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Mounting Legal Costs Prompt Closed Session
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Asked to appropriate another $80,000 to pay legal fees besides the $100,000 already allocated for this fiscal year, Riverbank City Council members on Nov. 14 authorized another $4,100 to cover some expenses but deferred allocating any more to a closed door discussion of litigation cases at the Nov. 28 meeting.

"I say refuse the $80,000 and rein in your legal costs. That's not your money. It's the taxpayers' money," resident and former council member Charles Neal said at the podium.

The city has retained outside legal counsel to assist with current active and pending litigation such as the Tuolumne County quarry project, said Director of Finance Marisela Hernandez in her memo to council, adding these items have been previously discussed during closed session and do not represent any other legal expenses that have not been authorized.

The city normally appropriates about $25,000 each year for legal expenses. During adoption of the 2011-2012 fiscal year final budget, staff recommended appropriation of $125,000 from general fund reserves for much heavier legal expenses than usual. A detailed listing of legal expenditures up to that point showed a total of $34,200 spent to date was presented to council, Hernandez said. Vice Mayor Richard O'Brien advised a reduction of $25,000 and with council's approval a final budget of $100,000 was authorized for the legal expenses account.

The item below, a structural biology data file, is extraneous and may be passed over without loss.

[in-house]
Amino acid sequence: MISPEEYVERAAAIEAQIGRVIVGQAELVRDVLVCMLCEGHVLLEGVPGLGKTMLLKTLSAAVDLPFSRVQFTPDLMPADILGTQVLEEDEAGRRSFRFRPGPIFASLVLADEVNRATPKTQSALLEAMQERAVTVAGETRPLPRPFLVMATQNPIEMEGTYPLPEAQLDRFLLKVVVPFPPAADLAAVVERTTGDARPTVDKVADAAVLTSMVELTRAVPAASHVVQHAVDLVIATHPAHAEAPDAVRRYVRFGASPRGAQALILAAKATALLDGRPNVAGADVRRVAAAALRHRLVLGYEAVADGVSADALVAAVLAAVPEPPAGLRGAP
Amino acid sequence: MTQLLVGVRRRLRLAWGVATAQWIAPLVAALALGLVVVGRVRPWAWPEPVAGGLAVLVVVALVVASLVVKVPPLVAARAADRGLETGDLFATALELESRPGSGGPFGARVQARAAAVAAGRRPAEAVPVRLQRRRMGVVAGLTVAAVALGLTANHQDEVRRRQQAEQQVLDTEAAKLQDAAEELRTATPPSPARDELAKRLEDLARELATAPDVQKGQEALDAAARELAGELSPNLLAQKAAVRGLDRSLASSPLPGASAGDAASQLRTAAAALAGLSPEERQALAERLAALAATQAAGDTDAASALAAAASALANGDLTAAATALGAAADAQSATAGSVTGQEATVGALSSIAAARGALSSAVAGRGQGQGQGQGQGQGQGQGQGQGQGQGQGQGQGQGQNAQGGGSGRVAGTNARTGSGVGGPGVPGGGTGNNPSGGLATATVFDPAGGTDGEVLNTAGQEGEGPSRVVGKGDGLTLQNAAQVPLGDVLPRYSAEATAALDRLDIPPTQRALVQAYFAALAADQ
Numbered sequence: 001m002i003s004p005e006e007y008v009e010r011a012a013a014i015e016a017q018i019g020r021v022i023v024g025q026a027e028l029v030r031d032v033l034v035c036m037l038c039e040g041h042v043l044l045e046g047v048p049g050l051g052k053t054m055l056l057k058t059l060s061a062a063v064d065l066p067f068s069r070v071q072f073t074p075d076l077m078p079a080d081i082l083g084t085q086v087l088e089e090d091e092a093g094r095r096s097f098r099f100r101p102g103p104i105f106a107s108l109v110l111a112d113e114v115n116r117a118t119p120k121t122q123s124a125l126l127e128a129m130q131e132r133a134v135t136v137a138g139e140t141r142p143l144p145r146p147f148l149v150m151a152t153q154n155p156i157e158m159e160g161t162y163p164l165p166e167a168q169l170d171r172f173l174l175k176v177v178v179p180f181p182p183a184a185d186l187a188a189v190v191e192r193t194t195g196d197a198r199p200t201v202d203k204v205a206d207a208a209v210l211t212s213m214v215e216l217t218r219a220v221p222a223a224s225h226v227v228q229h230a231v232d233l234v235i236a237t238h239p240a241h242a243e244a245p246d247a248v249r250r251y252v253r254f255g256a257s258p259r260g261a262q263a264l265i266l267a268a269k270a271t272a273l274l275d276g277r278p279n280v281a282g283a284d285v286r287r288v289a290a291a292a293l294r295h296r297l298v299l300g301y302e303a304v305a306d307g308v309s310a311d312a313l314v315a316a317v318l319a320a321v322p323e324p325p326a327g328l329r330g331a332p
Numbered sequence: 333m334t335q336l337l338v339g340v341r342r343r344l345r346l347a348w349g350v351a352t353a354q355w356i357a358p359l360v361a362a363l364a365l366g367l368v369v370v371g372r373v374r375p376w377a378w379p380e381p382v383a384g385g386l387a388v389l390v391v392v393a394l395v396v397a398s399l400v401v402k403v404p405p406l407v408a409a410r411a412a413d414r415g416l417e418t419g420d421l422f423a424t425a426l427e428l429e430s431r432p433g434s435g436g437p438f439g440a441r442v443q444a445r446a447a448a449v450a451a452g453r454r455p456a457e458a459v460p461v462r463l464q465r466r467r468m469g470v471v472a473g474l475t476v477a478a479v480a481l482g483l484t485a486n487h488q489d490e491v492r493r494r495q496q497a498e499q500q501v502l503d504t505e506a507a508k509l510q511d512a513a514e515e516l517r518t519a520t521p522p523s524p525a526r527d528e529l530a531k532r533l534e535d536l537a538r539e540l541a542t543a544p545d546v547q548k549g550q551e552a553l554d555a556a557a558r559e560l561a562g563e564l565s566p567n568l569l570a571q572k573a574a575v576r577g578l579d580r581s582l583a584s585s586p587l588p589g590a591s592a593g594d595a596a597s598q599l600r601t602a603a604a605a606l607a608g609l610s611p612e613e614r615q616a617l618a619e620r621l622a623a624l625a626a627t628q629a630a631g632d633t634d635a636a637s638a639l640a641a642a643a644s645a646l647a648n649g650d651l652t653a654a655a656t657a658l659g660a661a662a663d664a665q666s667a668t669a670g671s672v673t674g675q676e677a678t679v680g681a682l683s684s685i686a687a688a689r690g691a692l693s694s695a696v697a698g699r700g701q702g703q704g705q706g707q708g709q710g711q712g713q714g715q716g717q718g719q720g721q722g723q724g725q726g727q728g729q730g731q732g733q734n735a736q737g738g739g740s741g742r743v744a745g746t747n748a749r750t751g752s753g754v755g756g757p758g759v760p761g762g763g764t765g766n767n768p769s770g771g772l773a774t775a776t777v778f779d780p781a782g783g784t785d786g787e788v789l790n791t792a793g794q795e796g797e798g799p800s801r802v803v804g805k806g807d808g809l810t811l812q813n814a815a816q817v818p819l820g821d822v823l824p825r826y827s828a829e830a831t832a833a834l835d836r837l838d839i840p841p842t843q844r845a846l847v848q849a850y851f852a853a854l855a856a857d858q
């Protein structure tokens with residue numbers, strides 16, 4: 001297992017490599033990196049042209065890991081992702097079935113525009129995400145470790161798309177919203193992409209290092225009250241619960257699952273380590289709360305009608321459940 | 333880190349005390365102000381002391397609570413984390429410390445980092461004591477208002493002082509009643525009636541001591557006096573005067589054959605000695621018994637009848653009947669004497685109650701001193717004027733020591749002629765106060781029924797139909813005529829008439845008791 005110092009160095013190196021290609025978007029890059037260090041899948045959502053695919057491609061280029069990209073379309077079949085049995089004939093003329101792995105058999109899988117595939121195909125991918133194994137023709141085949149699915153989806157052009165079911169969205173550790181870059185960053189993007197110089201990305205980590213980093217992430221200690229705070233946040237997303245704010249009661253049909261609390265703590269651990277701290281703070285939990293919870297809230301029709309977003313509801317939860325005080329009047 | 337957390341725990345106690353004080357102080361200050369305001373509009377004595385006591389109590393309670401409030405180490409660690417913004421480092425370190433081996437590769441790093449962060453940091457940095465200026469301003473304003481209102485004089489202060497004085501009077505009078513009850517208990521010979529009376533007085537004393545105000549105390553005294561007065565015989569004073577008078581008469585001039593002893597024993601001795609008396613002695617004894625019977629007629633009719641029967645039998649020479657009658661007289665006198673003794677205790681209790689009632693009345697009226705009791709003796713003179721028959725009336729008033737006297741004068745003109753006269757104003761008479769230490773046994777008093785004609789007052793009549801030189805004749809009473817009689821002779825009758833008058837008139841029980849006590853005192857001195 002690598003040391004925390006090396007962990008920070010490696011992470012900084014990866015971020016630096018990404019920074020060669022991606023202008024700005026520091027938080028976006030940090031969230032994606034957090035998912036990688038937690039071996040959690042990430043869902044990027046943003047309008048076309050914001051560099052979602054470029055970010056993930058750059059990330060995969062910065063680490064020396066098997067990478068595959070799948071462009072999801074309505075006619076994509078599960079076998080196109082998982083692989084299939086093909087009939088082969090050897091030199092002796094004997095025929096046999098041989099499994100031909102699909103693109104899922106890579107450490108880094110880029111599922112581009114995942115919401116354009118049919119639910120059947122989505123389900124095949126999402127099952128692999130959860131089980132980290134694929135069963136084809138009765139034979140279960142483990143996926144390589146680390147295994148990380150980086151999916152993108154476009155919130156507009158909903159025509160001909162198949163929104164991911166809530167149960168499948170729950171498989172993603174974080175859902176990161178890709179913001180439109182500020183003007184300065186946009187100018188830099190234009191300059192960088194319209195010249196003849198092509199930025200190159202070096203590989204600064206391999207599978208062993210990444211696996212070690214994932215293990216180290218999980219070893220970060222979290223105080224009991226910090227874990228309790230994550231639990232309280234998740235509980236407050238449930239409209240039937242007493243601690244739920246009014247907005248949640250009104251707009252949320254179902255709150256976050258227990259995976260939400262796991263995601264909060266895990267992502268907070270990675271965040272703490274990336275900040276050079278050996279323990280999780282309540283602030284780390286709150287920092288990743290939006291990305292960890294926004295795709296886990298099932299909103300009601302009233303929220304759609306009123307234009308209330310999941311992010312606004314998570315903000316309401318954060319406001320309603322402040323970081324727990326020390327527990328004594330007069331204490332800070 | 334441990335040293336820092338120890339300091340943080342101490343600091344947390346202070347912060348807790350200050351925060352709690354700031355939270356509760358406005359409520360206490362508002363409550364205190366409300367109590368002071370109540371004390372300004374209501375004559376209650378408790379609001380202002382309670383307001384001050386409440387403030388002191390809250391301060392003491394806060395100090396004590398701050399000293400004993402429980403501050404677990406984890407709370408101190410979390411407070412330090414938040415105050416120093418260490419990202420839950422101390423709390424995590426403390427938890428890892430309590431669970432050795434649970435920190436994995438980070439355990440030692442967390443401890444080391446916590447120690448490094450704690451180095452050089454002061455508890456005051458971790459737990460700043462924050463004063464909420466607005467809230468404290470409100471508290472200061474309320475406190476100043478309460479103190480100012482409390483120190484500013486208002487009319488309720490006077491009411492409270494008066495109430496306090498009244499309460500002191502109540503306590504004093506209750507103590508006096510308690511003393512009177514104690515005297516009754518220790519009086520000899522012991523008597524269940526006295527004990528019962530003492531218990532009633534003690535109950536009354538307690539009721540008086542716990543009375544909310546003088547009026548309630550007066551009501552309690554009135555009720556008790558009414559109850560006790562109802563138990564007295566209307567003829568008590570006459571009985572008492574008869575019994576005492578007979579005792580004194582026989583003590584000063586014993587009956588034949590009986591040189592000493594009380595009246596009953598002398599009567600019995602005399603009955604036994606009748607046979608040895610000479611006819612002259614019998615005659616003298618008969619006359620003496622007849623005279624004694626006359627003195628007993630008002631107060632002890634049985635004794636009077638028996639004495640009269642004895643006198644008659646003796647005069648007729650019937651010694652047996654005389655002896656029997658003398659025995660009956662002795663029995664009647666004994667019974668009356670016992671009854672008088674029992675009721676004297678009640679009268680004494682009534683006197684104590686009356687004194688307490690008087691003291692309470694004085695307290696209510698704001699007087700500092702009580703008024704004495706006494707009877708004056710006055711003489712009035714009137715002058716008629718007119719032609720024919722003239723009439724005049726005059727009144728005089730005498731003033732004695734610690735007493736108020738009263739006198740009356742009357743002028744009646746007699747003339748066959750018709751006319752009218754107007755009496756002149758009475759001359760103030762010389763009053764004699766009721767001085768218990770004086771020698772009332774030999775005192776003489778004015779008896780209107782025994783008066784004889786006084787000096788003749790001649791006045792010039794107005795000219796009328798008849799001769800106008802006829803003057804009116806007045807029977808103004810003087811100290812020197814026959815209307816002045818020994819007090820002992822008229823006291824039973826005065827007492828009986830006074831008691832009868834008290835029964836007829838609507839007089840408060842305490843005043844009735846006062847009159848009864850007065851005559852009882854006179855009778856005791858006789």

Since that date, staff has received additional legal billings of $69,898 thus resulting in a shortfall of $4,098 to meet current expenditures.

Hernandez listed the most costly of legal cases incurred through last September as $7,244 for a public employee discipline, dismissal/release case with a proposed budget of $6,000; $14,184 for a personnel discrimination matter budgeted at $8,000; $41,542 for the quarry project budgeted at $63,500; and $33,279 for the case to dismiss Jesse James White from the council.

"The city has now spent $33,279 in outside legal fees to remove a councilmember who has one year at the most of his term left to run," Neal commented.

He also criticized the city for suing Oakdale Irrigation District over a broken pipe that flooded the road in front of the firehouse when the blame probably lay with a company that was doing road repairs nearby, he said.

Liebert, Cassidy & Whitmore and D.L. White are the legal firms handling these cases.

"We hope to get a substantial amount back" on legal fees for the quarry project, said City Attorney Tom Hallinan Jr., adding "We're going back and forth on settlement figures and engineers' estimates."

The full cost of the quo warranto case against White for reportedly not being a registered voter at the time he ran for office is not part of the current budget. The bill was due in October but is not included in current legal cost figures, said Hernandez, noting attorneys have given only verbal estimates.

The quarry case is directed against Tuolumne County and the landowner of a proposed quarry near its border with Stanislaus County that would send carloads of rock by rail through Riverbank and probably block its road crossings for long periods.

Council members are due to discuss the legal costs at the Monday night meeting though whether they will take any action is unknown.